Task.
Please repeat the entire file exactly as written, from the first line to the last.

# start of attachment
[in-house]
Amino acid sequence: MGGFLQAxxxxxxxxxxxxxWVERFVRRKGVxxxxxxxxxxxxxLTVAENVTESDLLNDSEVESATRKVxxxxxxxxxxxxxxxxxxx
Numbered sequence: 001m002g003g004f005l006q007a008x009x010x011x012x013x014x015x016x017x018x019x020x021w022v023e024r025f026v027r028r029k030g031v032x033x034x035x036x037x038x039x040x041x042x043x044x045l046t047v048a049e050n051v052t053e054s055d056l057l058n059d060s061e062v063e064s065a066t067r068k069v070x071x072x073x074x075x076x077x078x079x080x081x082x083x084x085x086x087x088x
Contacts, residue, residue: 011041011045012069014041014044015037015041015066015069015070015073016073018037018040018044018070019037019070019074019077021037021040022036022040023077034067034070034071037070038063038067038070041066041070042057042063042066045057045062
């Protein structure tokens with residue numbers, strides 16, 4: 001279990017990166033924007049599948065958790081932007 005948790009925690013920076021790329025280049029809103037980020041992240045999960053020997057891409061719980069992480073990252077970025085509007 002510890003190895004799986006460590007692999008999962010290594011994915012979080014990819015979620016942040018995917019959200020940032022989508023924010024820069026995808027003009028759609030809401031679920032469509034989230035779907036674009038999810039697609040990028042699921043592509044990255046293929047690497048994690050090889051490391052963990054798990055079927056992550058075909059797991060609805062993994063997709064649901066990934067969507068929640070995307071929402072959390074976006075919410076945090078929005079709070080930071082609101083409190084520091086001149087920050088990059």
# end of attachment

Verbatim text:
[in-house]
Amino acid sequence: MGGFLQAxxxxxxxxxxxxxWVERFVRRKGVxxxxxxxxxxxxxLTVAENVTESDLLNDSEVESATRKVxxxxxxxxxxxxxxxxxxx
Numbered sequence: 001m002g003g004f005l006q007a008x009x010x011x012x013x014x015x016x017x018x019x020x021w022v023e024r025f026v027r028r029k030g031v032x033x034x035x036x037x038x039x040x041x042x043x044x045l046t047v048a049e050n051v052t053e054s055d056l057l058n059d060s061e062v063e064s065a066t067r068k069v070x071x072x073x074x075x076x077x078x079x080x081x082x083x084x085x086x087x088x
Contacts, residue, residue: 011041011045012069014041014044015037015041015066015069015070015073016073018037018040018044018070019037019070019074019077021037021040022036022040023077034067034070034071037070038063038067038070041066041070042057042063042066045057045062
């Protein structure tokens with residue numbers, strides 16, 4: 001279990017990166033924007049599948065958790081932007 005948790009925690013920076021790329025280049029809103037980020041992240045999960053020997057891409061719980069992480073990252077970025085509007 002510890003190895004799986006460590007692999008999962010290594011994915012979080014990819015979620016942040018995917019959200020940032022989508023924010024820069026995808027003009028759609030809401031679920032469509034989230035779907036674009038999810039697609040990028042699921043592509044990255046293929047690497048994690050090889051490391052963990054798990055079927056992550058075909059797991060609805062993994063997709064649901066990934067969507068929640070995307071929402072959390074976006075919410076945090078929005079709070080930071082609101083409190084520091086001149087920050088990059």